He agrees with you about the Halberstadts, and advise most of the C.xx/18 are Rumpler C.I. One exception, the C.20/18 is a DFW C.V

He is convinced it is a training unit, possibly two different ones, but has no theory with regard to the odd "Bestellnummern" visible.

I am beginning to harbour a thought that some aircraft were simply ordered outside the military Bestellnummer system, and in this present case were given a "phony" number just to resemble the mainstream one.

Cheers
Stig
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  #7  
Old 20th October 2020, 23:44
musec04 musec04 is offline
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Re: Stunning German Photo Album

Hi Stig,


Thanks for contacting Kees and interesting to hear his thoughts.


I would agree that some aircraft were ordered outside the Bestellnummer system when intended for civilian run flying schools. The Halberstadts in this album being a case in point.Some aircraft were later given substitute Bestellnummern later after being taken over by the Army from civilian managed flying schools and examples are known. I'm rather more dubious about this being the case for Rumpler C.I or the DFW C.V though.The reason I think that this is unlikely, is that unlike A or B types taken over from civilian run flying schools, I think I'd be correct in saying that there is no evidence of C machines being operated by civilian schools in the first case. Were that to change I might revise my views.


As a side remark I rather imagine army run schools very much followed the regulations with regard to serials and national markings in most cases, if anything the frontline units had less time to worry about changes.. Just not this one!



I would agree that the C**/18 numbers shown are intended to resemble normal Bestellnummern though.Its just that the motivation for doing it in this manner remains open to question.It appears not unlike the aircraft with Bavarian serials later being given serials that resembled the Prussian system.


My remarks about the fuselage crosses reflect only the fact that they are not the later type of Balkenkreuz adopted in March 1918.It could be that the serials were applied in 1918,but prior to March. As for the where, no clue for the C**/18 machines, but I would suggest for aircraft operated without national markings or Bestellnummern, Halberstadt and FEA5 does appear logical for a school operating Halberstadt B.I machines.


Regards,


Clint
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  #8  
Old 21st October 2020, 10:41
Stig Jarlevik Stig Jarlevik is offline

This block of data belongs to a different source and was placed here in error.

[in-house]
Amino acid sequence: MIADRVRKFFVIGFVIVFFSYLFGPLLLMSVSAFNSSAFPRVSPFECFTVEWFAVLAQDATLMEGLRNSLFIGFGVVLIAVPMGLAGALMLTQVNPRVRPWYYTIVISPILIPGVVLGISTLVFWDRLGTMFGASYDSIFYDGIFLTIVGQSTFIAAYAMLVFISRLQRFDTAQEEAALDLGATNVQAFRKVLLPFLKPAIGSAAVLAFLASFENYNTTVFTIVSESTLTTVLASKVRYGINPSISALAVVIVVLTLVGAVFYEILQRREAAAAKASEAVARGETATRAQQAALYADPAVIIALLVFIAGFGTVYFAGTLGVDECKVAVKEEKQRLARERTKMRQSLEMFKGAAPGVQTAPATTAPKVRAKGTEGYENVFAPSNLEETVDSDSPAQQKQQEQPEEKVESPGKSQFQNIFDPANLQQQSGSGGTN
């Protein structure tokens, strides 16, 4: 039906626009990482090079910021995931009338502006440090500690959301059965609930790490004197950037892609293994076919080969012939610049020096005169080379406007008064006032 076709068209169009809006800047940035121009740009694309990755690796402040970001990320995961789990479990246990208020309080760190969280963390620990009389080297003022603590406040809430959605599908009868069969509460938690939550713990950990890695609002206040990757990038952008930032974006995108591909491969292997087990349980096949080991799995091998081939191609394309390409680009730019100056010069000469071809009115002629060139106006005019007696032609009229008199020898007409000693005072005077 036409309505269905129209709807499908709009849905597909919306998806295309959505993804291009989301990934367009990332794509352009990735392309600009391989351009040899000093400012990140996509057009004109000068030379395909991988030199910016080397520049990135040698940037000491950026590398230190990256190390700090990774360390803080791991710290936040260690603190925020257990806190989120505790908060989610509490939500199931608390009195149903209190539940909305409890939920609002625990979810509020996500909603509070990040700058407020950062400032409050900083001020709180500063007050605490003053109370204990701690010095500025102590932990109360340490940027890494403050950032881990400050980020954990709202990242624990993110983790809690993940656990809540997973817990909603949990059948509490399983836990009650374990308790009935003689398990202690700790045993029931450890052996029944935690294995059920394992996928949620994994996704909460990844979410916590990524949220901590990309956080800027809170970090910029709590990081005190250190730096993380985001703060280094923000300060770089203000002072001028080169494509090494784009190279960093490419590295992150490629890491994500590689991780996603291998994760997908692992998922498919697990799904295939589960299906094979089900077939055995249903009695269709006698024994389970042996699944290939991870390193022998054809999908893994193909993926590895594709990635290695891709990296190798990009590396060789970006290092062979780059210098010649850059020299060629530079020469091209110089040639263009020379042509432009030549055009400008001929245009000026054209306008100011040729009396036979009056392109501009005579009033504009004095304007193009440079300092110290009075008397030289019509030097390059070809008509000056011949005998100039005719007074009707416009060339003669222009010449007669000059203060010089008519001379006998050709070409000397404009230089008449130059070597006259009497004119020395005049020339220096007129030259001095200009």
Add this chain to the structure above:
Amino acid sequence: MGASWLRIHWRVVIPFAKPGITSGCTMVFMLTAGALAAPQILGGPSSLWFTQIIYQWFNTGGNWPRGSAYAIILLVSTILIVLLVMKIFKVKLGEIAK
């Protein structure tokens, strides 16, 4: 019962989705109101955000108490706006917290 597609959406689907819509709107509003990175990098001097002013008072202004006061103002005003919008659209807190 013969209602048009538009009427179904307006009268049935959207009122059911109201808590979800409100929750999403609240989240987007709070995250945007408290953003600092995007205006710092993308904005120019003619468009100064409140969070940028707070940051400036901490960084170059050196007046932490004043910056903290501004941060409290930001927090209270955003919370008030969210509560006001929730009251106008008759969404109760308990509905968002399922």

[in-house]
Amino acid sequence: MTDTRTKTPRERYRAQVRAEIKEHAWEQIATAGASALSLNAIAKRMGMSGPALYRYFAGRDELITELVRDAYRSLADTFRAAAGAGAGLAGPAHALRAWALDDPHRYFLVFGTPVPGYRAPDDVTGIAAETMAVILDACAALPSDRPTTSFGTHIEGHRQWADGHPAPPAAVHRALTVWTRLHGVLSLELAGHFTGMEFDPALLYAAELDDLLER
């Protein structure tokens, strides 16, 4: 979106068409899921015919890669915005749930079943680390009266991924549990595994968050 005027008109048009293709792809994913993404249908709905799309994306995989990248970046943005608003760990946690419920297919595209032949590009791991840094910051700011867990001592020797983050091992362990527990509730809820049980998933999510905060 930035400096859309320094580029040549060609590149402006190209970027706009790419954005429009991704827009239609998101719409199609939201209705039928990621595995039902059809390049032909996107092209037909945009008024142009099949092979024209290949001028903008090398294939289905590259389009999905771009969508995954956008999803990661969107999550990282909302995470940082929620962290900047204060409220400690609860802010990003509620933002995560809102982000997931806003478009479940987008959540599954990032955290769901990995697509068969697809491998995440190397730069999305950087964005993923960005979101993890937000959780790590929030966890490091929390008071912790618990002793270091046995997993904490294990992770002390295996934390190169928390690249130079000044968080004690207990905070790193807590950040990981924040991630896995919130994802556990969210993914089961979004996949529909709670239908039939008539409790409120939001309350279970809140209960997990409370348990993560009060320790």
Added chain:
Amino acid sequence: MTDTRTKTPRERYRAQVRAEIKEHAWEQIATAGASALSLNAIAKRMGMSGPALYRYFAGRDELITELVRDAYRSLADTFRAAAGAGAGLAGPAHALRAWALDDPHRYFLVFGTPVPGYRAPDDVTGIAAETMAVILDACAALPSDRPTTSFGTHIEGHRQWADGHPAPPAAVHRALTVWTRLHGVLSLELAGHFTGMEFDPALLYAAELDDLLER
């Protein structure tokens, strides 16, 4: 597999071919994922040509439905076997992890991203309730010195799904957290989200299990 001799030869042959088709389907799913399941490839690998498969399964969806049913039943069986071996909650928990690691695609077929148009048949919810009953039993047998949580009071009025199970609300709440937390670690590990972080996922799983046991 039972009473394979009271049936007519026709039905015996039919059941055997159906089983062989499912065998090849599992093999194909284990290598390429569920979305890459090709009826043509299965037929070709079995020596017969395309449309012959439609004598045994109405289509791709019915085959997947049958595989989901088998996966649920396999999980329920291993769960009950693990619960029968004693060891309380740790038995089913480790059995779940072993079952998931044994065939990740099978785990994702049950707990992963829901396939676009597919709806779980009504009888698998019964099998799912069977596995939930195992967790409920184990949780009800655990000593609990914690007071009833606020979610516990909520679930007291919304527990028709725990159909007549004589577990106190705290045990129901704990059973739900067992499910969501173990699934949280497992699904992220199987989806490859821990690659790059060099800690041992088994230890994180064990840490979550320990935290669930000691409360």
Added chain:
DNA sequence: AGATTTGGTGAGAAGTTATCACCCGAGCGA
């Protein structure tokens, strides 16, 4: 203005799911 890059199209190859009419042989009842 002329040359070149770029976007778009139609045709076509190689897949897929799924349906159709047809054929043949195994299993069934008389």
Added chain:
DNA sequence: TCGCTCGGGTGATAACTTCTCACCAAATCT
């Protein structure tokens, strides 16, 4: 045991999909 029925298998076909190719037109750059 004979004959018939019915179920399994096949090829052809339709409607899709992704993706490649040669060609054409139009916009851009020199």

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Re: Stunning German Photo Album

Hi Clint

The main problem all of us face is that we have no dates listed anywhere.
We don't know if the Halberstadts are survivors into the 1917-18 period.
We don't know if the /18 is an indication of 1918 or not. Logic says they are, but we have no 100% proof of that.

As said earlier, I would say it is impossible to be certain of any year/date when it comes to aircraft used by schools. Even if school aircraft crashed often, they were most likely rebuilt just as fast and no doubt lasted quite a bit longer than frontline aircraft, so it is no use just saying "Oh Halberstadt B.I, it must be very early training days in the beginning of the war", because we don't know that.

I am pretty convinced the ex manufacturers schools were using C-models as well. The further on in time we get, the difference between a B-type compared to the C-type became more and more pronounced. The latter became heavier and heavier, more marginal when it came to control, and much more specialized.
BTW there were no civil schools during the war. As soon as the short transition period was over, they were all controlled by the Army and Navy.
In the present case, Kees (and I) are very convinced the C-types using the /18 numbers and seen here are used by a training unit.

Whatever is the truth here, we certainly can agree, it is a most interesting album and it has raised a number of interesting questions with a very healthy and interesting discussion in its footsteps.

Cheers
Stig
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  #9  
Old 21st October 2020, 13:56
musec04 musec04 is offline
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Re: Stunning German Photo Album

Hi Stig,


As you said an interesting album and an interesting discussion.Being now guest free let me address a few of your points from the last post.


The main problem all of us face is that we have no dates listed anywhere.
We don't know if the Halberstadts are survivors into the 1917-18 period.
We don't know if the /18 is an indication of 1918 or not. Logic says they are, but we have no 100% proof of that.


We do know that the Halberstadt B.I survived until at least 1917 as the CL.II underwent Typenprüfung in May 1917 and entered service in August of that year.


As said earlier, I would say it is impossible to be certain of any year/date when it comes to aircraft used by schools. Even if school aircraft crashed often, they were most likely rebuilt just as fast and no doubt lasted quite a bit longer than frontline aircraft, so it is no use just saying "Oh Halberstadt B.I, it must be very early training days in the beginning of the war", because we don't know that.